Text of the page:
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Crunching Data for Love

How Dating Sites Find Your Match

Whether looking for love or just a date, thousands of competing dating sites and apps promise everything from a huge selection of potential mates, to personally tailored matches for maximum compatibility. Online dating companies would never make public the details of the algorithms they develop to decide who to match with whom, but information about the concepts they use is widely available.

Matchmaking algorithms analyze vast troves of information to create matches. A service can get information from you, in the form of questions, tests, and assessments, or gather information about you, by observing your behavior on the site.

Anyone who has ever tried sites such as OkCupid,, and especially eHarmony, has encountered the endless barrage of questions and tests. The questions cover preferences in potential mates and include religion, politics, lifestyle choices and personality traits. Some sites make the questions optional. OkCupid recommends answering at least 250 questions to match you with compatible people, with the average user answering about 400. Many people who have answered over a thousand or more report receiving fewer matches, but the matches they do get all score over 90% compatibility. The exact number of questions on OkCupid is unknown–it’s rumored to be over 30,000.

Users can rank the importance of a potential mate’s answer to each question, i.e. smoking–not important or very important. The more similarities between two people the higher their compatibility score. With the exception of Tinder, most online dating services ask members extensive questions.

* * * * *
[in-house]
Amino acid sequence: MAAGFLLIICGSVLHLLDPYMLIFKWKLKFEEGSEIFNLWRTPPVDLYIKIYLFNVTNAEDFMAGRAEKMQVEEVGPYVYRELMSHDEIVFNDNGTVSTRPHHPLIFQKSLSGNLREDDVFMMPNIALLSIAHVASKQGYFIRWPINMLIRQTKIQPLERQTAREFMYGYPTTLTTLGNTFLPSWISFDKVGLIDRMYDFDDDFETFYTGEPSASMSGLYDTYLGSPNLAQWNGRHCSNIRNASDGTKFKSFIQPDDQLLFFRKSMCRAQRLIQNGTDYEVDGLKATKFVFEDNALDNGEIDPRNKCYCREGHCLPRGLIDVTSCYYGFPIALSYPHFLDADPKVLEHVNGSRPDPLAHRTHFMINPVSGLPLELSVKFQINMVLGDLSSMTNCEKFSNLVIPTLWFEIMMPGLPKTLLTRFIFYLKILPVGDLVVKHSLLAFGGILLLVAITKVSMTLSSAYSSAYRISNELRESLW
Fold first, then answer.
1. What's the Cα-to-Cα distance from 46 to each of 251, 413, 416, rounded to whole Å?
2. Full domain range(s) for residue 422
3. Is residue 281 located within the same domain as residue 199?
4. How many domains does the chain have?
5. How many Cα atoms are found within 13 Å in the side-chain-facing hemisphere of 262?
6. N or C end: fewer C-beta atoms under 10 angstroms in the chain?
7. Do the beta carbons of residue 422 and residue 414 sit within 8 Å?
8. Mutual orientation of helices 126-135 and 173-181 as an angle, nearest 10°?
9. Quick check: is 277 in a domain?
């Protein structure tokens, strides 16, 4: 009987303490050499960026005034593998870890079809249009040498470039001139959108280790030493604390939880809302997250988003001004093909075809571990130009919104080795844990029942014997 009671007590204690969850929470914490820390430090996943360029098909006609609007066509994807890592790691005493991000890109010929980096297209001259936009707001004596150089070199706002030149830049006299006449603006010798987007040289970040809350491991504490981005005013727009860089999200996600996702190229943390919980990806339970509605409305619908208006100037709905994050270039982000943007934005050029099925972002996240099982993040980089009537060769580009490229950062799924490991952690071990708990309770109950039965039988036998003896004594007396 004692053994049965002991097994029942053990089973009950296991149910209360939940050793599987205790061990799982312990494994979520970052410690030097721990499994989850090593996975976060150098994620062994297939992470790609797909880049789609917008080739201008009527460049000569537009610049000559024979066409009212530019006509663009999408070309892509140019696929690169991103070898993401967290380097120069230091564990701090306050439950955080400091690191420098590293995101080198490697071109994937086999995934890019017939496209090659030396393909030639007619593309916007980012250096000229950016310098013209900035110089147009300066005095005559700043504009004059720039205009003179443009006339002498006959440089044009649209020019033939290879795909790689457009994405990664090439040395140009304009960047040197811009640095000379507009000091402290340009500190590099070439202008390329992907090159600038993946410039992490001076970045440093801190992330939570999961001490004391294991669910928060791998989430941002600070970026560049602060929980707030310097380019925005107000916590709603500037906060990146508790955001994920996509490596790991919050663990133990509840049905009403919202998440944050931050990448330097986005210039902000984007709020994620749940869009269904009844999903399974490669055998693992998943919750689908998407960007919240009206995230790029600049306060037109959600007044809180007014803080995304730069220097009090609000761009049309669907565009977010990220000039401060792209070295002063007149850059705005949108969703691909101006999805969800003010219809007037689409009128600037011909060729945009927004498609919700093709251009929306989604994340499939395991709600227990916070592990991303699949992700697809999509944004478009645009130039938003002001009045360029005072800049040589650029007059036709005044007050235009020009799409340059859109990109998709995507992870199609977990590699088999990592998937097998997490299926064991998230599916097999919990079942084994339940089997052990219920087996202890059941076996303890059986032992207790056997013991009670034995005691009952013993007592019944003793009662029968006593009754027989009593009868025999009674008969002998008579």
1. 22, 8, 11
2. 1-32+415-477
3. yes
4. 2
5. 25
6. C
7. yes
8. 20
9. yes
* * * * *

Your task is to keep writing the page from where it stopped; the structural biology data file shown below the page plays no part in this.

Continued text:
The situation at eHarmony is different from other sites in that it requires users to answer 400 questions before even being allowed to join. This pre-screening assesses 29 “dimensions” of compatibility. However, eHarmony also uses these answers to determine whether or not one will even be allowed to join and the site rejects about 20% of applicants without explanation. Eharmony has faced numerous lawsuits over its refusal to match gay applicants. Your chances of being accepted diminish if you are not Christian, with some claiming the site automatically disqualifies all atheists, regardless of how you answer any of the other 399 questions. Artists and creative types also have slim chances. Since eHarmony caters to people seeking marriage particularly, they also reject anyone who is married or separated. If you are under the age of 60 and have already been married 4 or more times, there is no chance of getting in the club. By rejecting people, they are curating a membership base that is highly compatible with their matching system. At least they let you down easy before wasting your money.

Behavior analysis has been increasingly incorporated into dating site algorithms to see if you are actually attracted to the type of people you say you’re looking for. For example, if a user states a certain age bracket as a mandatory requirement for their mate, but frequently views profiles of people outside that age bracket, the computer infers that they would probably be open to meeting people outside their stated age preference.

Other behavioral patterns factored in are frequency of site usage and interactions with other users. If you exchange a lot of messages with person A, but the conversation with person B is short the computer presents you with more matches similar to person A. Perhaps the computer observes that a female user hardly ever responds to messages from men under 5’8”. It will conclude that she prefers tall men and factor that in to her matches.

Tinder is the most striking example of behavior analysis. 83% of its users are 18-34 and the app asks no questions whatsoever about one’s preferences or dislikes, and has minimal room to describe yourself in the profile. There is no way to search or choose who you see. The app presents photos of other users. Swipe left for ugly and right for hot. If two people swipe right on each other, they can start messaging. It seems simple, maybe a little too simple, but under the hood, Tinder is anything but. The exact details of Tinder’s algorithm are kept secret, but there seems to be a general consensus that users are scored in three major categories.